IgG and IgA levels against SARS-CoV-2 antigens in the saliva of cohort 1. A pilot cohort of COVID-19 patients was tested for the presence of IgG and IgA antibodies to SARSCoV- 2 spike and RBD antigens in the saliva, comparing with age- and sex-matched unexposed negative controls collected locally. (A-D) Antigen-specific (anti-spike, anti-RBD) IgG levels normalized by total IgG or albumin. (E-H) Antigen-specific (anti-spike, anti-RBD) IgA levels normalized by total IgA or albumin. Yellow bars denote saliva samples collected at an unknown dilution. Solid bars denote the median. Mann-Whitney U test for significance was performed. **** = p < 0.0001.

Little is known about antibody responses in the oral cavity

Furthermore, very little is known about the antibody response that occurs locally, at the infection site, the authors add. However, since the virus initially replicates in the naso- and oro-pharyngeal tracts of the upper airway, the antibody response in the oral cavity is probably important in terms of influencing the course of infection.

Still, despite the oral cavity being a known site for SARS-CoV-2 replication, the authors say studies examining the antibodies generated at this site have been limited.

To investigate, the researchers developed enzyme-linked immunosorbent assays to detect SARS-CoV-2 antibody responses to the full-length spike protein and its RBD in serum and saliva samples taken from acute and convalescent patients. The participants had been diagnosed with COVID-19 between three and 115 days following symptom onset.

Antibody stability levels in 496 serum samples and 90 saliva samples were compared with stability levels in SARS-CoV-2-negative control samples.

IgG antibodies levels were still stable in both biofluids after three months

The team reports that antigen-specific IgG antibodies were readily detected in both types of biofluid, with peak levels observed at 16 to 30 days following symptom onset.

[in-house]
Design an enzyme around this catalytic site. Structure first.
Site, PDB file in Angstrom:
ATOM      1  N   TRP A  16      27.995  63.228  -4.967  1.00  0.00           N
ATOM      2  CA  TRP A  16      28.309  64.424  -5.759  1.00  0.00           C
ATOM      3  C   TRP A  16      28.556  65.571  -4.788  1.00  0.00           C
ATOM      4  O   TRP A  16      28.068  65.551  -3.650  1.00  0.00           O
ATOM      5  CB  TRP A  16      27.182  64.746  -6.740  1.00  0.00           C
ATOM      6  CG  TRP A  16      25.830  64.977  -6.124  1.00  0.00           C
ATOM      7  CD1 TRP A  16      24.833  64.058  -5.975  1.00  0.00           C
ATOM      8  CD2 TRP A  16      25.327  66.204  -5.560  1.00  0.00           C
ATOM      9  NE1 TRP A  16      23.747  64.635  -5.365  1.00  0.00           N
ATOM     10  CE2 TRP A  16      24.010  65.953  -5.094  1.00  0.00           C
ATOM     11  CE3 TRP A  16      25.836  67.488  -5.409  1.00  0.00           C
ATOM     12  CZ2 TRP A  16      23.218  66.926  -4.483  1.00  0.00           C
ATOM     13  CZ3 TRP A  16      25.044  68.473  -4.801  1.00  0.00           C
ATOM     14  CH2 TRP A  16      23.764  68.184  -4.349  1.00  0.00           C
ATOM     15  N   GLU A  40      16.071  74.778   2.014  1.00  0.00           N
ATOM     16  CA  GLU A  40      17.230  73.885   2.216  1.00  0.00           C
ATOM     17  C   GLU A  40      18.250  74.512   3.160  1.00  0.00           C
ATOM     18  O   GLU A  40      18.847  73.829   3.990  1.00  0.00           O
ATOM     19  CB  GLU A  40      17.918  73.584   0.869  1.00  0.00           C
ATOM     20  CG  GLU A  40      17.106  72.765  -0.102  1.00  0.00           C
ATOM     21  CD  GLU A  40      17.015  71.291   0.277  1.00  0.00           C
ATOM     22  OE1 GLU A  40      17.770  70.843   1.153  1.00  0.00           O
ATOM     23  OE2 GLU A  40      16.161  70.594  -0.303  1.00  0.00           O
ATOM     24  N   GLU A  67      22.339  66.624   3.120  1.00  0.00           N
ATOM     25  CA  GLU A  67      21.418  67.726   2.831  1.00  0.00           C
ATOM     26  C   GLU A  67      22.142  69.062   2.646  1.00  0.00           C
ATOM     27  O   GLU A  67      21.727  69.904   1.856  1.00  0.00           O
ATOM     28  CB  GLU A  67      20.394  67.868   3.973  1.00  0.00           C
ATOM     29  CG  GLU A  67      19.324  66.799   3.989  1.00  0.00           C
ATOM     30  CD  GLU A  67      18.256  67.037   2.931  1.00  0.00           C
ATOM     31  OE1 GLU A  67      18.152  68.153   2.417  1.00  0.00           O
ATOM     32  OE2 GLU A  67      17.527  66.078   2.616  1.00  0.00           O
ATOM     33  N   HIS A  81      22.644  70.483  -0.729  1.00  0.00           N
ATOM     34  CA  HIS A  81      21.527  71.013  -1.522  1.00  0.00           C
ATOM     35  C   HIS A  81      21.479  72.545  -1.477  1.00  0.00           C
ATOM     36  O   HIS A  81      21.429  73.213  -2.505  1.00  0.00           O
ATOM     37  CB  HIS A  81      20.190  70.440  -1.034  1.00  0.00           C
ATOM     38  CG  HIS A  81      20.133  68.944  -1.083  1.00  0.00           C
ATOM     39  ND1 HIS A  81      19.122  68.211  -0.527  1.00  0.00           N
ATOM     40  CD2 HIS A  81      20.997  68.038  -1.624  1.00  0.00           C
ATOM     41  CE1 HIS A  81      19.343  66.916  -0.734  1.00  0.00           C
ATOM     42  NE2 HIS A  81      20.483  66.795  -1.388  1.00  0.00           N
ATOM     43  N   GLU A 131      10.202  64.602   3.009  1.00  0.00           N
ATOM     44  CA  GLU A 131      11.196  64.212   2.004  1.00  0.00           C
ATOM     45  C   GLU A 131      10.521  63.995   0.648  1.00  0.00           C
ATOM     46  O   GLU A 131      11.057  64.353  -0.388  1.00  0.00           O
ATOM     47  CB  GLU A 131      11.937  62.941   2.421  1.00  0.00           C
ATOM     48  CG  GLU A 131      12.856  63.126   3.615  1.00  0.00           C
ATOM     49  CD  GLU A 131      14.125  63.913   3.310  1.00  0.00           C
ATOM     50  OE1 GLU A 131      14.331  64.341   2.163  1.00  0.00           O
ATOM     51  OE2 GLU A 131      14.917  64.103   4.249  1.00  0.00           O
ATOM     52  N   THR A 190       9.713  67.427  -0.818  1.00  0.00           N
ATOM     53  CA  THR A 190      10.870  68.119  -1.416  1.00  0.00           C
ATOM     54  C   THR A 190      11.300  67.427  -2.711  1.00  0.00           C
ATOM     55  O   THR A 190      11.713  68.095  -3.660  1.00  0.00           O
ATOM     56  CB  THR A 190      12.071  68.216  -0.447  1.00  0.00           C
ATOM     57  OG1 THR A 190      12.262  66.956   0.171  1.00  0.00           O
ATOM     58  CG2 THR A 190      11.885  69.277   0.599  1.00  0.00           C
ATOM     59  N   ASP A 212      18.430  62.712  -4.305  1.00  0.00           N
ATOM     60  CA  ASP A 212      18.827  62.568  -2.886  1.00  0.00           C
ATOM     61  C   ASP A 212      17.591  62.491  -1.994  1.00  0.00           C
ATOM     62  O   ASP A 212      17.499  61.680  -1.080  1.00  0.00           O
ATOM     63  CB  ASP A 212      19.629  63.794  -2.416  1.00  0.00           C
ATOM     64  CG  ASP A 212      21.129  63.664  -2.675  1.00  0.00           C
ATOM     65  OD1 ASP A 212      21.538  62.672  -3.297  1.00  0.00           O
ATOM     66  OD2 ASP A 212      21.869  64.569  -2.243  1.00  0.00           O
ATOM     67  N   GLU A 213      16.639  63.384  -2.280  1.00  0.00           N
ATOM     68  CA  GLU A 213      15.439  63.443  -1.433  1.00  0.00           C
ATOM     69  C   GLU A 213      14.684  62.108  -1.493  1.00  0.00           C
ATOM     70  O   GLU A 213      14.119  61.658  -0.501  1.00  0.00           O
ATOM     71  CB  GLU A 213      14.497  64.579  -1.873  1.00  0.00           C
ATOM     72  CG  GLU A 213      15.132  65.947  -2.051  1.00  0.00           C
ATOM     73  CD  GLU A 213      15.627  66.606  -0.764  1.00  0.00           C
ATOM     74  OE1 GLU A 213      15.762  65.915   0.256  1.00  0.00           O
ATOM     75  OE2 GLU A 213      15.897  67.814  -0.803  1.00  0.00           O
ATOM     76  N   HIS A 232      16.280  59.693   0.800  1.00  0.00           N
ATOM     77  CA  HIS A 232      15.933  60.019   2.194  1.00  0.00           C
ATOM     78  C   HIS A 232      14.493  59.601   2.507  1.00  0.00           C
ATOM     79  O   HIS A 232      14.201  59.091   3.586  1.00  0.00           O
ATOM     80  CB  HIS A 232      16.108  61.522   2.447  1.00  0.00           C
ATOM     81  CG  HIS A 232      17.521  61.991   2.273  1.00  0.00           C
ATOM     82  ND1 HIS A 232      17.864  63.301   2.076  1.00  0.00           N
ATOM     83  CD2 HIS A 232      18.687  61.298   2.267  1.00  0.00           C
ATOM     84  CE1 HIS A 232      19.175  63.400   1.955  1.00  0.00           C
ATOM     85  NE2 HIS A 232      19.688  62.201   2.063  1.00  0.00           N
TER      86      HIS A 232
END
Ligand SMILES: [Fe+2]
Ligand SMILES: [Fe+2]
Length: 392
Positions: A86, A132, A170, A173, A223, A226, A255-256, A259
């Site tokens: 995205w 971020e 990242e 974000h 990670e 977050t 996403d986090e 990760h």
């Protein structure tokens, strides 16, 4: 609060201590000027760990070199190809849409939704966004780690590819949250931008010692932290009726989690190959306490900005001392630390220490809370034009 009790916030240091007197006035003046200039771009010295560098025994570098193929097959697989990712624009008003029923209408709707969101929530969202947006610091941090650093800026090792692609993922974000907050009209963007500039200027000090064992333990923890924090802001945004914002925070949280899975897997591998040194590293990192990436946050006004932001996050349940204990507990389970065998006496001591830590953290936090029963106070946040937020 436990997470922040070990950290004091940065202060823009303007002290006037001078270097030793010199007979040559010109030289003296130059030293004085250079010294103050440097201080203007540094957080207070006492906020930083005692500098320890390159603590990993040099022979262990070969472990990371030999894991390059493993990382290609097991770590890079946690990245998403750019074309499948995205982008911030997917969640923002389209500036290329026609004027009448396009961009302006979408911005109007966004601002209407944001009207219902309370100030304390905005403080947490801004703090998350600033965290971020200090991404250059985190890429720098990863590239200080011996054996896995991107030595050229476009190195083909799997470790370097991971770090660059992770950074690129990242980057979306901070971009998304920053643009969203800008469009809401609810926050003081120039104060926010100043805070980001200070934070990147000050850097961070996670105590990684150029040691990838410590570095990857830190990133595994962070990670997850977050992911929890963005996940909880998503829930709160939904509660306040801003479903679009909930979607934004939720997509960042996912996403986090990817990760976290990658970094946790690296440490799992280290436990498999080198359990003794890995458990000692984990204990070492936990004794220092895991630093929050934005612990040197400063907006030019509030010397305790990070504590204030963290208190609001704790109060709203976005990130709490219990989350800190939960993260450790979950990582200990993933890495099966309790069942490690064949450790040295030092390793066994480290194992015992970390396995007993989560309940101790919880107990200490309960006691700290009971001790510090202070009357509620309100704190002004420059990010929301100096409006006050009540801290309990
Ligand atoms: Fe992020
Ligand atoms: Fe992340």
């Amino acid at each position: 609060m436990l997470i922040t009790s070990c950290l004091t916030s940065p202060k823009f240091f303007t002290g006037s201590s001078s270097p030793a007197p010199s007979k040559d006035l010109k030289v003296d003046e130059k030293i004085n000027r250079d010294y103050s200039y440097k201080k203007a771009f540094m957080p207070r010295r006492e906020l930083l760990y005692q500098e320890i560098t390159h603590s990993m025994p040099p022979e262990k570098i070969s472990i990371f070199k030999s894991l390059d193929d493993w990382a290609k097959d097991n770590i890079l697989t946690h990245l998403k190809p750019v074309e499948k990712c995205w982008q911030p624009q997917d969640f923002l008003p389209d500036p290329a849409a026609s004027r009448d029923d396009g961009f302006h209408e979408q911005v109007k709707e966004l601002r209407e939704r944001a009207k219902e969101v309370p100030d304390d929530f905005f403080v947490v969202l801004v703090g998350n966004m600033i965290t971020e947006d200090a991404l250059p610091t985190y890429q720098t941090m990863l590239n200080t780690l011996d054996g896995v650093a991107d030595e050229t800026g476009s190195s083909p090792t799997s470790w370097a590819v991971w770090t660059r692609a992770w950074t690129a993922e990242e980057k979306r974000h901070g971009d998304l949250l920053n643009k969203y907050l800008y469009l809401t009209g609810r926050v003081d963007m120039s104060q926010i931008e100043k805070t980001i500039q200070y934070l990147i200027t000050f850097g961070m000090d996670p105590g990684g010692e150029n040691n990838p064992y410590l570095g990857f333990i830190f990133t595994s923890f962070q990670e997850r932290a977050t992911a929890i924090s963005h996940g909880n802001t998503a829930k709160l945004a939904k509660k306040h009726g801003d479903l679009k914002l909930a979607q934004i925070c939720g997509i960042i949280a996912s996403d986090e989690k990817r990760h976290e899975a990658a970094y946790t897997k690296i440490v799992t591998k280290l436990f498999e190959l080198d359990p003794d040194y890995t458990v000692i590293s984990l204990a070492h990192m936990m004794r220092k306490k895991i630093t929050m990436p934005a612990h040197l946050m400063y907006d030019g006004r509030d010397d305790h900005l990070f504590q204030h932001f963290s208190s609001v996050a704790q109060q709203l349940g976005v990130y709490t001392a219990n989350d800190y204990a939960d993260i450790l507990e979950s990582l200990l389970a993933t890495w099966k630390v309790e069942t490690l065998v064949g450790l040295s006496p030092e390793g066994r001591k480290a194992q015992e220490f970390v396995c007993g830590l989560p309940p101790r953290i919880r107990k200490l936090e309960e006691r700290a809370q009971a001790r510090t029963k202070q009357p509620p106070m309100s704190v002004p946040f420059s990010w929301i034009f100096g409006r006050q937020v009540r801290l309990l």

The SARS-CoV-2-specific IgG levels were still relatively stable in both sample types up to 115 days following symptom onset (when the study period ended).

Importantly, the IgG responses against both full-length spike and its RBD were strongly correlated, suggesting that saliva could serve as an alternative to serum for monitoring the systemic immune response to SARS-CoV-2.

Characterize salivary antibodies in the future will be critical

“Our data show that a durable IgG response against SARS-CoV-2 antigens is generated in both the saliva and serum in most patients with COVID-19,” write the researchers.  

“Given that SARS-CoV-2 initially replicates in the oro- and nasopharyngeal tracts, in the future it will be critical to characterize the nature and kinetics of salivary antibodies at the earliest time points post-infection in contact-traced individuals in order to determine if there are correlates of protection that impact viral setpoint and COVID-19 disease progression,” concludes the team.

*Important Notice

medRxiv publishes preliminary scientific reports that are not peer-reviewed and, therefore, should not be regarded as conclusive, guide clinical practice/health-related behavior, or treated as established information.

Journal reference:
Sally Robertson

Written by

Sally Robertson

Sally has a Bachelor's Degree in Biomedical Sciences (B.Sc.). She is a specialist in reviewing and summarising the latest findings across all areas of medicine covered in major, high-impact, world-leading international medical journals, international press conferences and bulletins from governmental agencies and regulatory bodies. At News-Medical, Sally generates daily news features, life science articles and interview coverage.